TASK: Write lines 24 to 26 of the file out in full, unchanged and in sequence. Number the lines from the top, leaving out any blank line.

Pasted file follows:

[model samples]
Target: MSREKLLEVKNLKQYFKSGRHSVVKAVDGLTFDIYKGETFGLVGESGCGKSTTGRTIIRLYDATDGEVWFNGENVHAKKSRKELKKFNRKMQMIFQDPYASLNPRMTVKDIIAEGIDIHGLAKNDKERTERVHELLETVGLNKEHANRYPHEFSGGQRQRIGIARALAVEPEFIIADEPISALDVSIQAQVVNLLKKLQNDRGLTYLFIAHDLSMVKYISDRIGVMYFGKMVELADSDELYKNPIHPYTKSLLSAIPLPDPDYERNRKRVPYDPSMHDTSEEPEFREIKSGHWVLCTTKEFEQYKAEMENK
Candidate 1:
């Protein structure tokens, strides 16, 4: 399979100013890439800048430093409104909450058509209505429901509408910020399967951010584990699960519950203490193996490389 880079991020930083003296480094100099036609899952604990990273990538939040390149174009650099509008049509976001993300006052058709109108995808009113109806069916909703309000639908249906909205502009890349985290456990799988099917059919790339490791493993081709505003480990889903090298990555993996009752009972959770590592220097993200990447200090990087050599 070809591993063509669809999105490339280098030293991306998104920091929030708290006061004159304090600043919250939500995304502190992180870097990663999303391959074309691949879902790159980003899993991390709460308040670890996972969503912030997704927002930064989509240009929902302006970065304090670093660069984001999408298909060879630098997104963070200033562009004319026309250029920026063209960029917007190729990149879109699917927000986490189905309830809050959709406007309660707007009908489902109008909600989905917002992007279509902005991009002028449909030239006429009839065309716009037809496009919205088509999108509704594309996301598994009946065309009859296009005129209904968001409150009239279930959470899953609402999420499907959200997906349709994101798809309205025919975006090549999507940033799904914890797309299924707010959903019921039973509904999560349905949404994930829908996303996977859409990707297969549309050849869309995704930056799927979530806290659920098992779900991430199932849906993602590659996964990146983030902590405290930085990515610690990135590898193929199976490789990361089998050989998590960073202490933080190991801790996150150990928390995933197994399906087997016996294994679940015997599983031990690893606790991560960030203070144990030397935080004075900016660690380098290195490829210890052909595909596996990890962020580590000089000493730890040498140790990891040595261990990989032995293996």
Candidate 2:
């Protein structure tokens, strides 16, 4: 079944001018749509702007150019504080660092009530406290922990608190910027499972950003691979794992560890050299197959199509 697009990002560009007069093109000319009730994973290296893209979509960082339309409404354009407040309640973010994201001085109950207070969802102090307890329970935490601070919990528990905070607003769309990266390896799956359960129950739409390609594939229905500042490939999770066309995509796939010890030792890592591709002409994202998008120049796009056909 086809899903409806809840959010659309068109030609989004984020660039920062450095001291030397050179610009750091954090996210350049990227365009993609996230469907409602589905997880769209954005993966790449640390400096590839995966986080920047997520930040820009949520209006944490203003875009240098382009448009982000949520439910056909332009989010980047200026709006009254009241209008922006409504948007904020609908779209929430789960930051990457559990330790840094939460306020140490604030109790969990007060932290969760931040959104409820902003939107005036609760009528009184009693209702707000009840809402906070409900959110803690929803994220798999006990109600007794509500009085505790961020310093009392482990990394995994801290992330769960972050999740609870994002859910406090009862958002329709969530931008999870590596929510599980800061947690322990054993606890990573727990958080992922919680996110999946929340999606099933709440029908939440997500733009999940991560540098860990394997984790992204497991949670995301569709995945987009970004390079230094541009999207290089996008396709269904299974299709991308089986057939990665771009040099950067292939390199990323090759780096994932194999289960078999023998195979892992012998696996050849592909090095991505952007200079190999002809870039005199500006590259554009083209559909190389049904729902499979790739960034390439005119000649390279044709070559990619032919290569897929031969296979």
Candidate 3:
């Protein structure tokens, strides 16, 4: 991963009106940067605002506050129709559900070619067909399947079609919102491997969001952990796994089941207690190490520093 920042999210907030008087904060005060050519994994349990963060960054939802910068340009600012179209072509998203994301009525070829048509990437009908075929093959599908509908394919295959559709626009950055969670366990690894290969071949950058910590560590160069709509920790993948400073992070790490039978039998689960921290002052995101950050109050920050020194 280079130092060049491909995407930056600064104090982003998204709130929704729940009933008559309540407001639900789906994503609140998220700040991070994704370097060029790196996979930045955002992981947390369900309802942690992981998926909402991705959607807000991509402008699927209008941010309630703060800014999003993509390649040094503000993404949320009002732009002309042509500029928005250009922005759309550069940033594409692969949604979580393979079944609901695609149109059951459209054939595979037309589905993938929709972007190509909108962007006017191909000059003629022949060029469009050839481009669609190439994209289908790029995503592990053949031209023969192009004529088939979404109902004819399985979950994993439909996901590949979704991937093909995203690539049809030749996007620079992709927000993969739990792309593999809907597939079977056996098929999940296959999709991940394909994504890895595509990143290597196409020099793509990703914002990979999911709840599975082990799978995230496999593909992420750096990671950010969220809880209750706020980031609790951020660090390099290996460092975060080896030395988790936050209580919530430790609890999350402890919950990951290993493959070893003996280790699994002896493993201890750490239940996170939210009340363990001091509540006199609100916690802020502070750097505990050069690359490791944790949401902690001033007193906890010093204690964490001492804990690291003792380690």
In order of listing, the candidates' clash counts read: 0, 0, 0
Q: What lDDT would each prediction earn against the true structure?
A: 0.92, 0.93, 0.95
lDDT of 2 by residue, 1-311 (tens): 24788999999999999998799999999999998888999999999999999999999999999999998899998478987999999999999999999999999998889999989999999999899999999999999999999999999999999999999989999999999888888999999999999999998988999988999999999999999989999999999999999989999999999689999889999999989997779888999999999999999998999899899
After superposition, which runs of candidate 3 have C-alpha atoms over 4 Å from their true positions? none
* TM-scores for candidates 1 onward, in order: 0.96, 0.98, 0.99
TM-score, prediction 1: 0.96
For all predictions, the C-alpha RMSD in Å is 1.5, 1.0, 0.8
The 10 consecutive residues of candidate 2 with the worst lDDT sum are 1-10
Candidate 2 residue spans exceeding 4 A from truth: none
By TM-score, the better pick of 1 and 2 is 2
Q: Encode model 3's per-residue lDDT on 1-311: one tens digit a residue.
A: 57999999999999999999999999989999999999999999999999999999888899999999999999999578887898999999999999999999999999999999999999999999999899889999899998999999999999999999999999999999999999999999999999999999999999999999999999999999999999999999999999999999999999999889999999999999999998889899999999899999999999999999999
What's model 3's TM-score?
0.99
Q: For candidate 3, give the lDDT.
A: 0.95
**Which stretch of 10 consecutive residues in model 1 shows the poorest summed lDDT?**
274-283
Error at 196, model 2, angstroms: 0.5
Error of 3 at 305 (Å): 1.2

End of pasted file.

Q: For candidate 3, give the lDDT.
A: 0.95
**Which stretch of 10 consecutive residues in model 1 shows the poorest summed lDDT?**